The plight of Indian rural women with hundreds dying each day at childbirth and thousands more with no primary health care access is reflected on India’s rank of 141 on the Health and Survival Sub Index. The main criterion – a decrease in female to male ratio at birth.
The indifferent and incompetent health workers are the root cause of the non-implementation of the numerous schemes (The National Maternity Scheme/Janani Suraksha Yojana, JSSK, NSSK, RCH Phase 1 and 2, to name a few) meant for achieving the Millennium Development Goals of gender equity, reduction of child mortality, maternal health improvement etc.
As the world takes lessons from the Nordic Countries (consistent toppers of the index), considered as the pioneers in the field of gender equality, it remains to be seen if India can take cues from these countries’ political will to achieve gender equality through policies as groundbreaking (after the soviet area) as paternal leave (thus explicitly encouraging mothers to take up paid work) achieved through the public debate forum – a feat perhaps only possible for these Atheist majority countries.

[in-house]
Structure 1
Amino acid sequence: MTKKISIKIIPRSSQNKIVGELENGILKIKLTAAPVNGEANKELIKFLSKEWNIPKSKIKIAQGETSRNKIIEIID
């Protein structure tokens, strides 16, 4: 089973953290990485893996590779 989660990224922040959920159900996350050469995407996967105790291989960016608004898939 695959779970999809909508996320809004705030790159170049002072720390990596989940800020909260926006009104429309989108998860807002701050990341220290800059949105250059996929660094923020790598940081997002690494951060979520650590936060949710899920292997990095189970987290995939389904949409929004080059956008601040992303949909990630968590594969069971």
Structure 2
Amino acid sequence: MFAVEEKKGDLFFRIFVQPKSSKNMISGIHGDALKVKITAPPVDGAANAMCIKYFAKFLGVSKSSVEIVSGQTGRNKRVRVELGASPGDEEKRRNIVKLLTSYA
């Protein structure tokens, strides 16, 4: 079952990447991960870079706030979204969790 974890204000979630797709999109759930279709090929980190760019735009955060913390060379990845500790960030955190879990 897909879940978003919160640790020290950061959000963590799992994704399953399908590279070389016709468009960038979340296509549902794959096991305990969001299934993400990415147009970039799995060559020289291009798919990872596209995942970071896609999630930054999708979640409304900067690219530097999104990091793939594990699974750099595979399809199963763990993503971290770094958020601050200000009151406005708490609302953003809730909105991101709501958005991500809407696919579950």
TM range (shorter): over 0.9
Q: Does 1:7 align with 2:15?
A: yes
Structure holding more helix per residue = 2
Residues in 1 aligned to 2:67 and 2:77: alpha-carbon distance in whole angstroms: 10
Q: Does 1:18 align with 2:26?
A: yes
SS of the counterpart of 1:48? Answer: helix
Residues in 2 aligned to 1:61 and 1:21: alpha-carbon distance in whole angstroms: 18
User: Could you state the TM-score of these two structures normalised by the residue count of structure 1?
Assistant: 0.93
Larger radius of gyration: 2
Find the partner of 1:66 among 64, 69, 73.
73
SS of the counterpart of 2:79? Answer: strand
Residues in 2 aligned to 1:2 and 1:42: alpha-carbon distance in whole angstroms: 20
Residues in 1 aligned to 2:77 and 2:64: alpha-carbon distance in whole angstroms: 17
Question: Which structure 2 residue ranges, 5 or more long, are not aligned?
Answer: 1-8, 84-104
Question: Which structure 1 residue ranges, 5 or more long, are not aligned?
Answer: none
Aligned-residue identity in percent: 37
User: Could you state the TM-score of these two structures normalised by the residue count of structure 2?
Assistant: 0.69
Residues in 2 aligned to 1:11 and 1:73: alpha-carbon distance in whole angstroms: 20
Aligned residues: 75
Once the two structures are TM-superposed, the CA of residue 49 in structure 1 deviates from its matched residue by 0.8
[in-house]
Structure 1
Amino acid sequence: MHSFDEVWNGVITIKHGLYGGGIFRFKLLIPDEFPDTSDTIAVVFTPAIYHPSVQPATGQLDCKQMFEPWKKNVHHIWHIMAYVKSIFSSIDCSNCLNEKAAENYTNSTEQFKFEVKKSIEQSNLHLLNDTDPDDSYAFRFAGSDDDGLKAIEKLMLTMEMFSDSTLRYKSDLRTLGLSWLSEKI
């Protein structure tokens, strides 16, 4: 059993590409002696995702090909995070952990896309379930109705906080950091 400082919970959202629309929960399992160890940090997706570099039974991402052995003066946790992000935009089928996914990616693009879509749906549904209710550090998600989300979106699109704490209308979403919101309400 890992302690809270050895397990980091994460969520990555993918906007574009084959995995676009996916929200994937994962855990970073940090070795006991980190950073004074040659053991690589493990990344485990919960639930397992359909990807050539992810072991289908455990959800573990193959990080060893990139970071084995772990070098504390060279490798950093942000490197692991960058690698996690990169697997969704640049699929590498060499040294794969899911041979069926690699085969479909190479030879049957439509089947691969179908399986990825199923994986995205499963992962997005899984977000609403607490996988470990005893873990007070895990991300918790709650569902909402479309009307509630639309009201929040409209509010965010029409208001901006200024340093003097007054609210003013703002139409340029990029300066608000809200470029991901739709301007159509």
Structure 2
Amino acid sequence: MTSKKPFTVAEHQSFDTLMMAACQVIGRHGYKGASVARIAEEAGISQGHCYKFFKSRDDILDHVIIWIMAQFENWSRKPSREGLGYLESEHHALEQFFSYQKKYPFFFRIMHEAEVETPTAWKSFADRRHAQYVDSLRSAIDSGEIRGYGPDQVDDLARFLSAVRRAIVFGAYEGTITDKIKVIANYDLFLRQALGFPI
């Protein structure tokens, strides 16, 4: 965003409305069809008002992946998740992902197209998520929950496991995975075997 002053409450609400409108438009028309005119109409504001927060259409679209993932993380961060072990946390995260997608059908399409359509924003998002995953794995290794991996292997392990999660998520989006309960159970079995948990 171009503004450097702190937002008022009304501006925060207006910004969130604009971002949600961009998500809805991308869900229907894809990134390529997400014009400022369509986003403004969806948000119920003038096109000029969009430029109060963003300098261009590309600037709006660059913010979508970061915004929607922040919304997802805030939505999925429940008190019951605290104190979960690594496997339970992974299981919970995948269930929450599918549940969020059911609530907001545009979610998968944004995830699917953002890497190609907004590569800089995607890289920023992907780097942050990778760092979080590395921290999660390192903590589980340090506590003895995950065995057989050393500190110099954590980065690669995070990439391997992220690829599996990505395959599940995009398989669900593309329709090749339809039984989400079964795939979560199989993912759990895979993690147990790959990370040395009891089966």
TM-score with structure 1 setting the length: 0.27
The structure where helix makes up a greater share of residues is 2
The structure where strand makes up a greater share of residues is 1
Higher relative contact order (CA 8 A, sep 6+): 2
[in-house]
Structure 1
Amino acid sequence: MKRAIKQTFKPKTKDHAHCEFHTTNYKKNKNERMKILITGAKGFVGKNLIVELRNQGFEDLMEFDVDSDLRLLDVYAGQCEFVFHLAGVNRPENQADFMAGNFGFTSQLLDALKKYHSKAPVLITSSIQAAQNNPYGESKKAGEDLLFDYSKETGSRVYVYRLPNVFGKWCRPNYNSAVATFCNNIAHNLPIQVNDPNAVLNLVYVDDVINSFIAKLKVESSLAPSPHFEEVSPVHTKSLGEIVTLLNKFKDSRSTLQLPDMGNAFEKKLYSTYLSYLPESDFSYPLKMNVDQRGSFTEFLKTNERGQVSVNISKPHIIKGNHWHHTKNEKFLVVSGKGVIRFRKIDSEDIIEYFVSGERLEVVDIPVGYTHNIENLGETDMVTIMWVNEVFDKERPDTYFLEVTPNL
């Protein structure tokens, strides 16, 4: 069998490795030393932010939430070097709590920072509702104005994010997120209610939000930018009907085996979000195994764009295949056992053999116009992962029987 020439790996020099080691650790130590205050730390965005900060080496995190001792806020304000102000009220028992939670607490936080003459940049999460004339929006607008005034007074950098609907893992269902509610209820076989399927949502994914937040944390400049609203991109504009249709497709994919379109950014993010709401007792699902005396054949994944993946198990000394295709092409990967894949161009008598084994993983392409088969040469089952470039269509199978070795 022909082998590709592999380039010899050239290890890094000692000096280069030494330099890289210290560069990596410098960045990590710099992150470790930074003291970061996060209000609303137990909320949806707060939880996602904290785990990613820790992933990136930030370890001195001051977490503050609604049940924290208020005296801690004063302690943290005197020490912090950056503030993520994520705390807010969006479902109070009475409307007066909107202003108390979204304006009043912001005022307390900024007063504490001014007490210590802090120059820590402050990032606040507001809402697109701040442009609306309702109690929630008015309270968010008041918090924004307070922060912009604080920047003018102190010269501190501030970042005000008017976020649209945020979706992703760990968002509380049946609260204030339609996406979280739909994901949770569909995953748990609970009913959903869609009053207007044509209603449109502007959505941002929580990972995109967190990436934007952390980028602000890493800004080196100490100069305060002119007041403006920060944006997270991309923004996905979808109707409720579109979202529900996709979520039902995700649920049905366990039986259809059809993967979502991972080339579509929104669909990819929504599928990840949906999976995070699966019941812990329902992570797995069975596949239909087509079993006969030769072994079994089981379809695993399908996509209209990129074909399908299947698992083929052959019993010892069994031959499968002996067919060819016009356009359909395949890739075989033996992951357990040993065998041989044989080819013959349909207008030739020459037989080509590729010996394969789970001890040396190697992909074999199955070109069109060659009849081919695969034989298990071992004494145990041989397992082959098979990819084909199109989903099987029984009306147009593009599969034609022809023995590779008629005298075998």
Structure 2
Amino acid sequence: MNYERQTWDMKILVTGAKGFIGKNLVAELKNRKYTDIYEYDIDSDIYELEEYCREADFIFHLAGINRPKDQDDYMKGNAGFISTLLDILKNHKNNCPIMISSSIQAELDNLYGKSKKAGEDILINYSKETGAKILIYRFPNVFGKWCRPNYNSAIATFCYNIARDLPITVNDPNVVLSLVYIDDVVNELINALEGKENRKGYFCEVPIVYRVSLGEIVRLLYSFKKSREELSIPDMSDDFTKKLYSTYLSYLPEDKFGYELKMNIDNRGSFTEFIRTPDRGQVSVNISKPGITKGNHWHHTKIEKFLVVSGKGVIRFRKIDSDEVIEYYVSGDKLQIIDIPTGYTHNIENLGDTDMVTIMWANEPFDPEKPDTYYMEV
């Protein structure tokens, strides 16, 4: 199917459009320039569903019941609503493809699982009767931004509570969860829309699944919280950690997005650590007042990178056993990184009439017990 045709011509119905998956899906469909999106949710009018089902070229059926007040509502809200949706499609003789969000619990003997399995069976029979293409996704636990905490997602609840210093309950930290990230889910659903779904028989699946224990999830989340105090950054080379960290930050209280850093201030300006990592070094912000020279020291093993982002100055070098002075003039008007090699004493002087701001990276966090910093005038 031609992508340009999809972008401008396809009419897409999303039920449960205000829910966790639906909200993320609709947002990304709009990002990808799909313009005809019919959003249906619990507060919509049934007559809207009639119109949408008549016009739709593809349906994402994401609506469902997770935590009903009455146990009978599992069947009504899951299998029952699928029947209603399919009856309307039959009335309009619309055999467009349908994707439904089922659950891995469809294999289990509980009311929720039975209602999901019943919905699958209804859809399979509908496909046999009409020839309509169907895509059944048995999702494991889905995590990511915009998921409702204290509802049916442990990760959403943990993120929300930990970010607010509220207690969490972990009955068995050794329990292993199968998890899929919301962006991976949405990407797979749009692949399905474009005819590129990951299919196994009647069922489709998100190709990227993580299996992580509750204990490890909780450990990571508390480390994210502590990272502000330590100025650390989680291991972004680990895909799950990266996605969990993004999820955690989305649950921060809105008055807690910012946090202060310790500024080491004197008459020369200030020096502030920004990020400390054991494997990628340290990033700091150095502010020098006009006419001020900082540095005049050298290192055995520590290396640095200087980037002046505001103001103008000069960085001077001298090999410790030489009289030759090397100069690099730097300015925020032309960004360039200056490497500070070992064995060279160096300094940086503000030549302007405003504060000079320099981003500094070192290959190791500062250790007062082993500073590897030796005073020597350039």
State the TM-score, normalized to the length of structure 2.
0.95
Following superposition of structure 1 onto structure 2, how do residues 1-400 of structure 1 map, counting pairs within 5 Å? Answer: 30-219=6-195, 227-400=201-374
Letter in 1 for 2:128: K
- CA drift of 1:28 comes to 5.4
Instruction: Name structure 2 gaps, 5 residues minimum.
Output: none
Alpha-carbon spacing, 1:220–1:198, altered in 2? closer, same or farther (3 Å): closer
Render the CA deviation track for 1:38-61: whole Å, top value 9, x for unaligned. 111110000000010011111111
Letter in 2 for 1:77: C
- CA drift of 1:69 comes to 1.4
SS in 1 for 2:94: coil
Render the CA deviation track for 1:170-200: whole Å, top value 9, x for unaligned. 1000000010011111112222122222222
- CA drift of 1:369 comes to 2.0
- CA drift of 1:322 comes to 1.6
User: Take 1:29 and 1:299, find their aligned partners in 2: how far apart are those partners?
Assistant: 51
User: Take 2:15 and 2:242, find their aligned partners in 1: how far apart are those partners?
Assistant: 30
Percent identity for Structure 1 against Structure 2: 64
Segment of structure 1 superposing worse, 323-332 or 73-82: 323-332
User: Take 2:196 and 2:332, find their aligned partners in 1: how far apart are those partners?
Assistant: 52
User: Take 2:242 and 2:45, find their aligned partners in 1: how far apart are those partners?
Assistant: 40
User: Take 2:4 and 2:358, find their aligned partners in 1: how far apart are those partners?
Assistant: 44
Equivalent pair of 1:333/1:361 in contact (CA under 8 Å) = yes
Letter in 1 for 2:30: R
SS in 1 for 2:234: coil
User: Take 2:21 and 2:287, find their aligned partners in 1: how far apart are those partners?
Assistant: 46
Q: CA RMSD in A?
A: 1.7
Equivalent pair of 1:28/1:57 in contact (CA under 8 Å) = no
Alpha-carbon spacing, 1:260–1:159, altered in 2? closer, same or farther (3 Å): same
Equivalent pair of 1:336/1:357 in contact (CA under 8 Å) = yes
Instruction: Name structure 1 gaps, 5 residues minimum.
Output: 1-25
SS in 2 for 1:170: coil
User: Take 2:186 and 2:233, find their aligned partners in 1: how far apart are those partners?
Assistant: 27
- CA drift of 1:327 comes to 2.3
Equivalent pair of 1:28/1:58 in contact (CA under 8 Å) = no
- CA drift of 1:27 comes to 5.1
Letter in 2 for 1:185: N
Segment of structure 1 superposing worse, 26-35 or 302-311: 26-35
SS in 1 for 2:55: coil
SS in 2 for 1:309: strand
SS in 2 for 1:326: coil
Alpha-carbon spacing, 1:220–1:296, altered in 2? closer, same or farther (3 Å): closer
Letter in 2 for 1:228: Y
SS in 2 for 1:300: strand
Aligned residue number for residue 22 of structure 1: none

With a U.N. study finding how some Indian laws such as the Goa Polygamy Law reinforce gender inequality, the gap between the equal rights to women as enshrined in the constitution, the preamble etc. and the situational reality of the status of women but naturally exists. With the newly appointed N.C.W chairperson already failing to keep her promise to send a notice against the Haryana khaps’ Talibani diktats, the government surely seems in no hurry to correct the situation.
With even U.S.A., the forerunners of the feminist movement, transcend from its ‘Bra burning’Â days to the age of ‘Victoria’s Secret’, the fine line between sexual liberalisation and female objectification easily gets blurred in India (proud emulators of anything Firangi especially Amreeki) with even the beacons of Indian journalism failing to live up to their names as exemplified by the Deepika Padukone – Times of India spat.
It will take India 81 years just to achieve gender parity at the workplace, says the W.E.F report. The participants at the ground level would perhaps beg to differ as it takes aeons to change the psyche of the society, and that too of one with its pillars of latent coercion and control firmly rooted in the soils of habit and religion with the vanguard of patriarchy.